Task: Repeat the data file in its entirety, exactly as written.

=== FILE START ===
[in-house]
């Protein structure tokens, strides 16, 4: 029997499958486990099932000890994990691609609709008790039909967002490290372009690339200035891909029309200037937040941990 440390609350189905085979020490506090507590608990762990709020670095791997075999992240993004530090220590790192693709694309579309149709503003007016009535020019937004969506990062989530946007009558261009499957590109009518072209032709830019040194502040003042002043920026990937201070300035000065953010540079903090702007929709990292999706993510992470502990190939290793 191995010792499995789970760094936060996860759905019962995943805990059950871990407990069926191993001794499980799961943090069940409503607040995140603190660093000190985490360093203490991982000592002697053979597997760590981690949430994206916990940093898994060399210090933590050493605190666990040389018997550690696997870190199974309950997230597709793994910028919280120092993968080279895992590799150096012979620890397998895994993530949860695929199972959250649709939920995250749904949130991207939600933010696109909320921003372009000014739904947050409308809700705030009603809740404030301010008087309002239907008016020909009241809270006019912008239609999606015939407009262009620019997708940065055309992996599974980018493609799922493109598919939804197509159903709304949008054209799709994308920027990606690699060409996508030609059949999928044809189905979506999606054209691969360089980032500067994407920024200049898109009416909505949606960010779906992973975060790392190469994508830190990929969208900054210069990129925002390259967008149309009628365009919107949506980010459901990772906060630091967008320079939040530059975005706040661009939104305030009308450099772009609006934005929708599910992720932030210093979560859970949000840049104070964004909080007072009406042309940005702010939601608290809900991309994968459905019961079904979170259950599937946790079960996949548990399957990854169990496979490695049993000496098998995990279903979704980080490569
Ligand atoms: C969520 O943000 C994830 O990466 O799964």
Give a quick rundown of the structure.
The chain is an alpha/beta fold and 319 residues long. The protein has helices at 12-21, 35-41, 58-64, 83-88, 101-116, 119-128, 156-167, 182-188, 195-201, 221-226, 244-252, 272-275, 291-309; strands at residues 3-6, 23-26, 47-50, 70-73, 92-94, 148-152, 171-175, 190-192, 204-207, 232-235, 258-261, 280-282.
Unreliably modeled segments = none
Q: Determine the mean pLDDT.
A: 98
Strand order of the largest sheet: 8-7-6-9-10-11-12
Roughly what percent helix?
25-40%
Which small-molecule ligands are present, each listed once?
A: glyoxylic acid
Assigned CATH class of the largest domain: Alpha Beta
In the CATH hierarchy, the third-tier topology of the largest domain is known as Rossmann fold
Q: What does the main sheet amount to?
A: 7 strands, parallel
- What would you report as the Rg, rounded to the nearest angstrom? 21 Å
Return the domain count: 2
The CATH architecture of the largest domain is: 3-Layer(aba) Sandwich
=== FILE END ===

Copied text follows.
[in-house]
């Protein structure tokens, strides 16, 4: 029997499958486990099932000890994990691609609709008790039909967002490290372009690339200035891909029309200037937040941990 440390609350189905085979020490506090507590608990762990709020670095791997075999992240993004530090220590790192693709694309579309149709503003007016009535020019937004969506990062989530946007009558261009499957590109009518072209032709830019040194502040003042002043920026990937201070300035000065953010540079903090702007929709990292999706993510992470502990190939290793 191995010792499995789970760094936060996860759905019962995943805990059950871990407990069926191993001794499980799961943090069940409503607040995140603190660093000190985490360093203490991982000592002697053979597997760590981690949430994206916990940093898994060399210090933590050493605190666990040389018997550690696997870190199974309950997230597709793994910028919280120092993968080279895992590799150096012979620890397998895994993530949860695929199972959250649709939920995250749904949130991207939600933010696109909320921003372009000014739904947050409308809700705030009603809740404030301010008087309002239907008016020909009241809270006019912008239609999606015939407009262009620019997708940065055309992996599974980018493609799922493109598919939804197509159903709304949008054209799709994308920027990606690699060409996508030609059949999928044809189905979506999606054209691969360089980032500067994407920024200049898109009416909505949606960010779906992973975060790392190469994508830190990929969208900054210069990129925002390259967008149309009628365009919107949506980010459901990772906060630091967008320079939040530059975005706040661009939104305030009308450099772009609006934005929708599910992720932030210093979560859970949000840049104070964004909080007072009406042309940005702010939601608290809900991309994968459905019961079904979170259950599937946790079960996949548990399957990854169990496979490695049993000496098998995990279903979704980080490569
Ligand atoms: C969520 O943000 C994830 O990466 O799964």
Give a quick rundown of the structure.
The chain is an alpha/beta fold and 319 residues long. The protein has helices at 12-21, 35-41, 58-64, 83-88, 101-116, 119-128, 156-167, 182-188, 195-201, 221-226, 244-252, 272-275, 291-309; strands at residues 3-6, 23-26, 47-50, 70-73, 92-94, 148-152, 171-175, 190-192, 204-207, 232-235, 258-261, 280-282.
Unreliably modeled segments = none
Q: Determine the mean pLDDT.
A: 98
Strand order of the largest sheet: 8-7-6-9-10-11-12
Roughly what percent helix?
25-40%
Which small-molecule ligands are present, each listed once?
A: glyoxylic acid
Assigned CATH class of the largest domain: Alpha Beta
In the CATH hierarchy, the third-tier topology of the largest domain is known as Rossmann fold
Q: What does the main sheet amount to?
A: 7 strands, parallel
- What would you report as the Rg, rounded to the nearest angstrom? 21 Å
Return the domain count: 2
The CATH architecture of the largest domain is: 3-Layer(aba) Sandwich